Organizing your podcast
My process for producing a podcast is based around seasons. In the past I’ve been very ambitious about seasons and wanted each one to be seven episodes long. The two that I’ve done so far have ended after the fifth episode and so I think this is maybe a more managable amount. Seasons work for me because I can record a bunch of episodes back to back and then edit them in batches too. I’ll start a season by making a list of people I’m interested in interviewing and then sending out emails to everyone. I always carry a notebook with me and so I’ll write down questions as they come to me in the time before the interview. The night before I’ll usually write down a condensed version of the list and try and put them in an order that makes sense. I always start off the interview by going through a checklist of things I tell every interviewee (“Take as much time to think as you’d like, I’ll just edit it out.”, “If you don’t like a question, it’s no problem to skip it.” and so on). I try and warm up the guest with some more general questions to get them comfortable and then take a deeper dive into a specific area.
My experience has been that it’s better to pick one or two themes to go into in depth rather than try and talk about everything. When going through your interview questions, you might find a segue that breaks up the order of questions you have. I think it’s always a good idea to take that segue and for that reason I’ll tick off questions as I ask them. This gives a nice visual guide to what’s left to go into in the interview. I often find that follow up questions that come up in the interview are often more interesting than the questions you had written down. Feel free to go off piste if you want to change your questions mid-interview.
Editing your audio
The last part of the process is the edit. This is my favourite part, not because the process is fun, but because a good edit can make even the most ineloquent host (i.e. me) sound professional, More importantly it’s the part where you get to make your guests sound great! There will probably be a lot of ‘umms’ and ‘ahhs’ and other noises that you don’t want in your recording. You may also find yourself wanting to edit your podcast for brevity and clarity. The good news is that modern editing software makes this process very easy and relatively quick. Editing audio isn’t that much more complicated than using word processing software, but good editing, like good writing,is a skill that takes a bit of time to hone. One of my first interviewees told me that I’d edited out so many of his pauses that he sounded like he had taken speed, so don’t try and over edit and you’ll be doing better than me.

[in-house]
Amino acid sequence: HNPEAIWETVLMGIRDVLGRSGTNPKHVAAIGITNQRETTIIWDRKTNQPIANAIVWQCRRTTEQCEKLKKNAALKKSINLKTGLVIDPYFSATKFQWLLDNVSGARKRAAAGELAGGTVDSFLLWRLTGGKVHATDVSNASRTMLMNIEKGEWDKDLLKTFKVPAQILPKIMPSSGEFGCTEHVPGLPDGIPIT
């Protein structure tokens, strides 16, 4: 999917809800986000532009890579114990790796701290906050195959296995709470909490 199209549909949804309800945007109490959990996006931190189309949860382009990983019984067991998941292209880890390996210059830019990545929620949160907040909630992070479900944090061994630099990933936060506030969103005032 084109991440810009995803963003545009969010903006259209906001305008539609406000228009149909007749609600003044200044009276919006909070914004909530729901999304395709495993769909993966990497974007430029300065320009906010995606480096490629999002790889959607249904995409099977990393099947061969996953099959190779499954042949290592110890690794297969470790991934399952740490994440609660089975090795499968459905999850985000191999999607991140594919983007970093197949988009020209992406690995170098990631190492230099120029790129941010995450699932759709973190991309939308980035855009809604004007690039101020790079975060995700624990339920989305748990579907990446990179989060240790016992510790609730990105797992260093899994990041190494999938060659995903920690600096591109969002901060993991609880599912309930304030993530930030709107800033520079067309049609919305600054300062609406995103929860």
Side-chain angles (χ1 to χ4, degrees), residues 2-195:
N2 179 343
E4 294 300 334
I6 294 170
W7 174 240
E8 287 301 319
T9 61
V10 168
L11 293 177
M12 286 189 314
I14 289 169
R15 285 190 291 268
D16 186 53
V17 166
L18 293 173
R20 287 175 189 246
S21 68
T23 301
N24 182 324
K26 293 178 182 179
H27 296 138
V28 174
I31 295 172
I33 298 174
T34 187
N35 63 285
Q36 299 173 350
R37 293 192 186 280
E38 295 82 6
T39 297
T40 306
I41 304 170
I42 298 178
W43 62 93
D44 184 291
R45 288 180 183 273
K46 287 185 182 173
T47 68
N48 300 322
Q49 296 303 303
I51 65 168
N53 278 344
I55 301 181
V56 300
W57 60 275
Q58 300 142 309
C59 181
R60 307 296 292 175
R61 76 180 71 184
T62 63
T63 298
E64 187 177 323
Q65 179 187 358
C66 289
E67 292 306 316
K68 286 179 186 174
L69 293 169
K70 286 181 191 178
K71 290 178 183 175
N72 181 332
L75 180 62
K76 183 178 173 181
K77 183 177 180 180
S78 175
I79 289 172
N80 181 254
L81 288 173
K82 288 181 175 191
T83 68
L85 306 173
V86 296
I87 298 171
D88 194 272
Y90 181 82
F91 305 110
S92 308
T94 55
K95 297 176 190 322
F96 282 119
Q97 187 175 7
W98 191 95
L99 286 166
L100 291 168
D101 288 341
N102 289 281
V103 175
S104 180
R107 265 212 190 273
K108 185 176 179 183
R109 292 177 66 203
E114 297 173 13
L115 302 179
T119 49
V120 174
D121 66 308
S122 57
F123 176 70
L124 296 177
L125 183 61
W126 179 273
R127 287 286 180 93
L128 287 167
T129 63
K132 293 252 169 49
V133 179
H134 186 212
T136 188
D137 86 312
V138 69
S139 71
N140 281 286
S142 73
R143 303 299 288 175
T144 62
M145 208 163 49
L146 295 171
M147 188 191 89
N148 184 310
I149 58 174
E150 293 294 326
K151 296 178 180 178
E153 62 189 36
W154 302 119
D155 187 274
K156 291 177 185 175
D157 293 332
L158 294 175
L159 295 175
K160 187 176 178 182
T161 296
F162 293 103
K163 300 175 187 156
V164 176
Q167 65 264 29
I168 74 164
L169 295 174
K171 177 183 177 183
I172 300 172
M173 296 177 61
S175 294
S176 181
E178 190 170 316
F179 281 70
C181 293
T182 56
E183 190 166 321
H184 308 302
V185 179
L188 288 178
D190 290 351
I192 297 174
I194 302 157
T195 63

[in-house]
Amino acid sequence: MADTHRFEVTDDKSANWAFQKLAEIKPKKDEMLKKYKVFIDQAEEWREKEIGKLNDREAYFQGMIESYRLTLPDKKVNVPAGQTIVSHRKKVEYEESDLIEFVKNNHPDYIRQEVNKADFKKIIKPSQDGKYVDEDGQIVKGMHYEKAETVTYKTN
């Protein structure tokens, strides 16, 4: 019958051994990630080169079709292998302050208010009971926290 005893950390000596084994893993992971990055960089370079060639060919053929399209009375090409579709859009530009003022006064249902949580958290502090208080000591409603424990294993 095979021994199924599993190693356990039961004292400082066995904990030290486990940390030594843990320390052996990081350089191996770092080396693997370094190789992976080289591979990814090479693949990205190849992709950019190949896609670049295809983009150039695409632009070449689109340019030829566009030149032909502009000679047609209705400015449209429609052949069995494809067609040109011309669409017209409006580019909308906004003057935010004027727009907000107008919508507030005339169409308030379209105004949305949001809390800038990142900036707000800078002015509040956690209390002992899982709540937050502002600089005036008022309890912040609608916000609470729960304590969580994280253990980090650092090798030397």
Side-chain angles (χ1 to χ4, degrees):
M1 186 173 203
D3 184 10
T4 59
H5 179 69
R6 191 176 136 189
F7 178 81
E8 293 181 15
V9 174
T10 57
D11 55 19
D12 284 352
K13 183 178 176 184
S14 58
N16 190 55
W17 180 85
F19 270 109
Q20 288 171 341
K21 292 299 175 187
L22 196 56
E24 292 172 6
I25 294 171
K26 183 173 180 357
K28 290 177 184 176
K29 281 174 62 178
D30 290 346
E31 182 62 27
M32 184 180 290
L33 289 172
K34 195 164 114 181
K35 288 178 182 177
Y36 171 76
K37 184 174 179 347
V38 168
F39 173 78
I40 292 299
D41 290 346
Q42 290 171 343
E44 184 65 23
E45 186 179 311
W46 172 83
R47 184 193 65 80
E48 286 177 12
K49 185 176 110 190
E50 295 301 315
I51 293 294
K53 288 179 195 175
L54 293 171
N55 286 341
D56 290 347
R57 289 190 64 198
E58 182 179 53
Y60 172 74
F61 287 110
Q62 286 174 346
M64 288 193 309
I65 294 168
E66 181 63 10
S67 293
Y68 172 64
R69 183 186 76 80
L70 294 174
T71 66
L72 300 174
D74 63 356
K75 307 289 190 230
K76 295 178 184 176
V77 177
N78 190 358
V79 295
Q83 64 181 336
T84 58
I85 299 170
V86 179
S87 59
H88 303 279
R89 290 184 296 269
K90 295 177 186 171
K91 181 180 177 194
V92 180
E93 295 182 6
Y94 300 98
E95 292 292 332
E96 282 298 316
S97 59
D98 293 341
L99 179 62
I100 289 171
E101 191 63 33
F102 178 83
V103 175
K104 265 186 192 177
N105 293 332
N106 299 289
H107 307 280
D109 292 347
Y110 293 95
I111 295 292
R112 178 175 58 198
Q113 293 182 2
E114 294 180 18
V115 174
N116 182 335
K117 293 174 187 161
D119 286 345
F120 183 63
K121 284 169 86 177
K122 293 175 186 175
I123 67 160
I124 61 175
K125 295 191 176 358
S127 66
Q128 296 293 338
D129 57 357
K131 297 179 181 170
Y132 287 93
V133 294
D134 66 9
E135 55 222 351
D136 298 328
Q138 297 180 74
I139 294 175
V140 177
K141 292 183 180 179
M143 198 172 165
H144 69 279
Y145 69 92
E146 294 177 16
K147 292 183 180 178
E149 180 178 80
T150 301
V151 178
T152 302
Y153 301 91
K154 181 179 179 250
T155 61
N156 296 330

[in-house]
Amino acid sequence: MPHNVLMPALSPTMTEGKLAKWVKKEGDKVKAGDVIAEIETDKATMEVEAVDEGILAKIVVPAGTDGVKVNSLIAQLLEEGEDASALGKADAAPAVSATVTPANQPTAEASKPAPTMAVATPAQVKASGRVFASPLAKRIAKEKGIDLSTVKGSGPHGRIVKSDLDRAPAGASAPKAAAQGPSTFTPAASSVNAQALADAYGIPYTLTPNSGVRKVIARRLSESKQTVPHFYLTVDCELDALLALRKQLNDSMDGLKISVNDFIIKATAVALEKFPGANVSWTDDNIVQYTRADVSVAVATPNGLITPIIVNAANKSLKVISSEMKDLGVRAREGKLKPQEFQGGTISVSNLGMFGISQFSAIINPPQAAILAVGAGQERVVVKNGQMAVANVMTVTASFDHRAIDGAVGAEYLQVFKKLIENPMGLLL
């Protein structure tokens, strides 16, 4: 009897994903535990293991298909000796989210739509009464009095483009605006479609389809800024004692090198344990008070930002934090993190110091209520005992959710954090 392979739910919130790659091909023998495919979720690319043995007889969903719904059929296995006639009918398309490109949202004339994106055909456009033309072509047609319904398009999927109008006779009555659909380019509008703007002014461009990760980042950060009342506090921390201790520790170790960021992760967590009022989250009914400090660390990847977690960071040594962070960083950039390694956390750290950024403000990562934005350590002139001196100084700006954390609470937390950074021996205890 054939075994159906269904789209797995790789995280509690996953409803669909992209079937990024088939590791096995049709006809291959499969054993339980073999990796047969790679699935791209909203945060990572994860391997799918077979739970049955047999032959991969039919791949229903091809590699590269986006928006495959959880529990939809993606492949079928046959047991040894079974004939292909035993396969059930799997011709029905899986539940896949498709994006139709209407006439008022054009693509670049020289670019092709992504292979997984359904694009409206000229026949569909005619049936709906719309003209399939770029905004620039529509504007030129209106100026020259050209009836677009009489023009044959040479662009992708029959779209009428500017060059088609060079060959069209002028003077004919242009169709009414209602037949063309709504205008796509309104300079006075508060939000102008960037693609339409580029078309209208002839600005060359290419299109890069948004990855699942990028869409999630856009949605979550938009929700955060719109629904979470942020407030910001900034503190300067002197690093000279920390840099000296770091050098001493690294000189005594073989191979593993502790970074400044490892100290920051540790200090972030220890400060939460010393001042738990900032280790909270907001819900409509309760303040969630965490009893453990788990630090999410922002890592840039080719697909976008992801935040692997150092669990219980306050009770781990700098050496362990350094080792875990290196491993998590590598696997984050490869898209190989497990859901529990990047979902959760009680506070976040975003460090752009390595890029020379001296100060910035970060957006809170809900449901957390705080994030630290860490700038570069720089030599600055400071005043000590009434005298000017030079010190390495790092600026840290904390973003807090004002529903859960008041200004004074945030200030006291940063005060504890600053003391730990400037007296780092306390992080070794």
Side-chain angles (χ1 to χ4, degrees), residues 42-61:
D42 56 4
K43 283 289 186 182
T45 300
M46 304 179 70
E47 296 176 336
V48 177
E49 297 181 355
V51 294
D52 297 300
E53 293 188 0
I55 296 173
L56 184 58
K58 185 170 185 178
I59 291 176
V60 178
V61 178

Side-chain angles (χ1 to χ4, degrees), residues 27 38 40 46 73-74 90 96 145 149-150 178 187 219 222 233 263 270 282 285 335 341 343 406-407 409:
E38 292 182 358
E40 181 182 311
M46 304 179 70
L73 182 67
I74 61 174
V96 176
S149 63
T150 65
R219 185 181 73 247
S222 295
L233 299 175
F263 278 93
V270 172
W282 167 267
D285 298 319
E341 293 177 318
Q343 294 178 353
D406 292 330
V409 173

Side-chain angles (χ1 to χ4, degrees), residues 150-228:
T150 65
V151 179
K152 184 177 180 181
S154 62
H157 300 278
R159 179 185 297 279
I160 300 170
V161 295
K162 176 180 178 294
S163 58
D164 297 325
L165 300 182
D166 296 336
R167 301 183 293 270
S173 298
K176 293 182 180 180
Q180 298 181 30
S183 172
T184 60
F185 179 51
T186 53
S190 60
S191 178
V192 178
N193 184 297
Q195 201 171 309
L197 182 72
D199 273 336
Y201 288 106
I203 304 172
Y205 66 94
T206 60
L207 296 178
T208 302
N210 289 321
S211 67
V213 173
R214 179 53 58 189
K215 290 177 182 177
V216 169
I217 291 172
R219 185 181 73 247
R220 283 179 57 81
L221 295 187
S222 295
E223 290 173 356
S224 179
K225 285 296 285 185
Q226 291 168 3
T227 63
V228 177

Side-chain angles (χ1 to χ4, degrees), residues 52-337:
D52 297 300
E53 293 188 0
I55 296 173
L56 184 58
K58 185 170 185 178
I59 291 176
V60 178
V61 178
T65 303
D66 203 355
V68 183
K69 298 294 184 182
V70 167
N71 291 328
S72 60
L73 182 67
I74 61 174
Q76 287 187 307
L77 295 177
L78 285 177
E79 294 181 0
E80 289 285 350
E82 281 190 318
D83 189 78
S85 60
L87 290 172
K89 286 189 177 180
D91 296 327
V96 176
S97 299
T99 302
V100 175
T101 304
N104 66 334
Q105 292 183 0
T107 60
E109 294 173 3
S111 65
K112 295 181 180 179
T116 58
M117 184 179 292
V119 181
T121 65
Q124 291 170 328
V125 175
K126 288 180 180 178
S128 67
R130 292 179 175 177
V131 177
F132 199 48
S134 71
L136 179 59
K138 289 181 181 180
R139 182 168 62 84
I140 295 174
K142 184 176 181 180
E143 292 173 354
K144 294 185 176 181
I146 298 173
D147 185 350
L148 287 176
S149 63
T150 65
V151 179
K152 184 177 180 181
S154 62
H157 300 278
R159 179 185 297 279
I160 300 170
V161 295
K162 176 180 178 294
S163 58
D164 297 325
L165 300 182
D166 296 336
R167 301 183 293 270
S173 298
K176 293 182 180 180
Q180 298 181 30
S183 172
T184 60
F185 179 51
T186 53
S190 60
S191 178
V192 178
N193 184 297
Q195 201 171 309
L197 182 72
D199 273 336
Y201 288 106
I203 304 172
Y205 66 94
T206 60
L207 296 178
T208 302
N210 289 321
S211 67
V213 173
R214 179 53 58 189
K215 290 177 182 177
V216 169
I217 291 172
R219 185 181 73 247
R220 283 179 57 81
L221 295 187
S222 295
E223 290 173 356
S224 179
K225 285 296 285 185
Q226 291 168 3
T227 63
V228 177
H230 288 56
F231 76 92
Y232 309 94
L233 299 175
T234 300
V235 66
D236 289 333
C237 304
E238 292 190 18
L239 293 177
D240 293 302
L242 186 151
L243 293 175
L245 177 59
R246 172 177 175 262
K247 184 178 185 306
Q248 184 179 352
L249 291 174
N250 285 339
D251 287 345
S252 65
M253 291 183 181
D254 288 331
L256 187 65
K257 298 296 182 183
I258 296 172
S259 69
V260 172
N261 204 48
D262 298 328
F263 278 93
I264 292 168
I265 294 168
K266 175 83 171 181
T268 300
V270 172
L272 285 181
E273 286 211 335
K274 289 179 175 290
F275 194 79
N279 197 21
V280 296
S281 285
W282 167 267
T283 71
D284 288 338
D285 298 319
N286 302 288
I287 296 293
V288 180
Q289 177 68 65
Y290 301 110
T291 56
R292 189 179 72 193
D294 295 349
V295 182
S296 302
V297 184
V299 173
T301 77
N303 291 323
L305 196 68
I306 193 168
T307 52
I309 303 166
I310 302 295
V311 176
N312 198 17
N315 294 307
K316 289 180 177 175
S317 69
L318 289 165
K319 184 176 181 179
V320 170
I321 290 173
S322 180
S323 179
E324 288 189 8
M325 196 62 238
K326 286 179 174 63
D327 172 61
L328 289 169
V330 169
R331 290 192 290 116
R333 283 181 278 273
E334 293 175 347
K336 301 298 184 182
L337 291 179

Podcasting as a professional development tool
I hope that this article has convinced you that not only can podcasting be a great tool for professional development for teachers, but that it can be an easy and fun way to produce great content for other teachers in the community. Imagine a world where there were hundreds of great podcasts about language teaching. Having that much access to teachers having intelligent conversations about teaching would be a huge boon to the profession. It would allow good ideas to spread and for teachers to have debates important issues. I’d also hope it would allow for a more diverse group of teachers to have a voice.